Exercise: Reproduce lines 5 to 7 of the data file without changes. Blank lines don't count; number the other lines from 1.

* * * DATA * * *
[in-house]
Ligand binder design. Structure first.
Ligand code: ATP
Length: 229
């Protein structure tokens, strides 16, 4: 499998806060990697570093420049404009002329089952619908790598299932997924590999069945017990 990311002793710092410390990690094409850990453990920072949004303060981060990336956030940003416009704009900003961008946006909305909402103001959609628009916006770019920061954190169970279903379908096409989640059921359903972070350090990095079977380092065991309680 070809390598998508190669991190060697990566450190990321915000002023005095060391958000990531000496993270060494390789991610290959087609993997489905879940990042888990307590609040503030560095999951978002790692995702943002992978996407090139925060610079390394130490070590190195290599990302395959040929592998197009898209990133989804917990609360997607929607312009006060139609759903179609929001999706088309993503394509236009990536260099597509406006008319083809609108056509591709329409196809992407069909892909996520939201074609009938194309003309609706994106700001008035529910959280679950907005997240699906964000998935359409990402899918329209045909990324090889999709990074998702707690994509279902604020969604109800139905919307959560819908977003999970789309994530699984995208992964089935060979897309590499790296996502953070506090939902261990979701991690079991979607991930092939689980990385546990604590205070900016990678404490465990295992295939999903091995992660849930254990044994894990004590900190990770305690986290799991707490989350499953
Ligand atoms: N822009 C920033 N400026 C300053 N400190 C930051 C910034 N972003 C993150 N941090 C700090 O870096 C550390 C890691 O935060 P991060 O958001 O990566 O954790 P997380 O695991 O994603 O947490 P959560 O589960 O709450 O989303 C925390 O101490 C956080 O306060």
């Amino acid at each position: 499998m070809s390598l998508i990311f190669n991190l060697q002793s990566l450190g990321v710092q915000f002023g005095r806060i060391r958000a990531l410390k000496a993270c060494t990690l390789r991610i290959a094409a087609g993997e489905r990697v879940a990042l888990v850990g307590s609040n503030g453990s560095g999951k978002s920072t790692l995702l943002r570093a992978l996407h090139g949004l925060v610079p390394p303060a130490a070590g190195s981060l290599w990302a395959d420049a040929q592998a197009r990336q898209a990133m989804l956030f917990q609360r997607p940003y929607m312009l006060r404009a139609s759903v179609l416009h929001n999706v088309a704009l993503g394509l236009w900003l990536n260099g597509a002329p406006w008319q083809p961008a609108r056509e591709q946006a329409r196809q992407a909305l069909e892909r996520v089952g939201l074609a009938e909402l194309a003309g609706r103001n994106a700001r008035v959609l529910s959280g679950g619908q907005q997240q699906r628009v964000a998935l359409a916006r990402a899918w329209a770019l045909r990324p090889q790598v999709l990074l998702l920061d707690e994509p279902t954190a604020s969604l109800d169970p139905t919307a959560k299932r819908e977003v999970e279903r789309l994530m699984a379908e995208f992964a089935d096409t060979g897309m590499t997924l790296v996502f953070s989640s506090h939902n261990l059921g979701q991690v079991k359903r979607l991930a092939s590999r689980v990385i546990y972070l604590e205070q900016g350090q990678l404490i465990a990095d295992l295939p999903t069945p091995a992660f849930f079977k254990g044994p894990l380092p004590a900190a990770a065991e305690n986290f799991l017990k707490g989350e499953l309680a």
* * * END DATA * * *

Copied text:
């Protein structure tokens, strides 16, 4: 499998806060990697570093420049404009002329089952619908790598299932997924590999069945017990 990311002793710092410390990690094409850990453990920072949004303060981060990336956030940003416009704009900003961008946006909305909402103001959609628009916006770019920061954190169970279903379908096409989640059921359903972070350090990095079977380092065991309680 070809390598998508190669991190060697990566450190990321915000002023005095060391958000990531000496993270060494390789991610290959087609993997489905879940990042888990307590609040503030560095999951978002790692995702943002992978996407090139925060610079390394130490070590190195290599990302395959040929592998197009898209990133989804917990609360997607929607312009006060139609759903179609929001999706088309993503394509236009990536260099597509406006008319083809609108056509591709329409196809992407069909892909996520939201074609009938194309003309609706994106700001008035529910959280679950907005997240699906964000998935359409990402899918329209045909990324090889999709990074998702707690994509279902604020969604109800139905919307959560819908977003999970789309994530699984995208992964089935060979897309590499790296996502953070506090939902261990979701991690079991979607991930092939689980990385546990604590205070900016990678404490465990295992295939999903091995992660849930254990044994894990004590900190990770305690986290799991707490989350499953
Ligand atoms: N822009 C920033 N400026 C300053 N400190 C930051 C910034 N972003 C993150 N941090 C700090 O870096 C550390 C890691 O935060 P991060 O958001 O990566 O954790 P997380 O695991 O994603 O947490 P959560 O589960 O709450 O989303 C925390 O101490 C956080 O306060």
């Amino acid at each position: 499998m070809s390598l998508i990311f190669n991190l060697q002793s990566l450190g990321v710092q915000f002023g005095r806060i060391r958000a990531l410390k000496a993270c060494t990690l390789r991610i290959a094409a087609g993997e489905r990697v879940a990042l888990v850990g307590s609040n503030g453990s560095g999951k978002s920072t790692l995702l943002r570093a992978l996407h090139g949004l925060v610079p390394p303060a130490a070590g190195s981060l290599w990302a395959d420049a040929q592998a197009r990336q898209a990133m989804l956030f917990q609360r997607p940003y929607m312009l006060r404009a139609s759903v179609l416009h929001n999706v088309a704009l993503g394509l236009w900003l990536n260099g597509a002329p406006w008319q083809p961008a609108r056509e591709q946006a329409r196809q992407a909305l069909e892909r996520v089952g939201l074609a009938e909402l194309a003309g609706r103001n994106a700001r008035v959609l529910s959280g679950g619908q907005q997240q699906r628009v964000a998935l359409a916006r990402a899918w329209a770019l045909r990324p090889q790598v999709l990074l998702l920061d707690e994509p279902t954190a604020s969604l109800d169970p139905t919307a959560k299932r819908e977003v999970e279903r789309l994530m699984a379908e995208f992964a089935d096409t060979g897309m590499t997924l790296v996502f953070s989640s506090h939902n261990l059921g979701q991690v079991k359903r979607l991930a092939s590999r689980v990385i546990y972070l604590e205070q900016g350090q990678l404490i465990a990095d295992l295939p999903t069945p091995a992660f849930f079977k254990g044994p894990l380092p004590a900190a990770a065991e305690n986290f799991l017990k707490g989350e499953l309680a």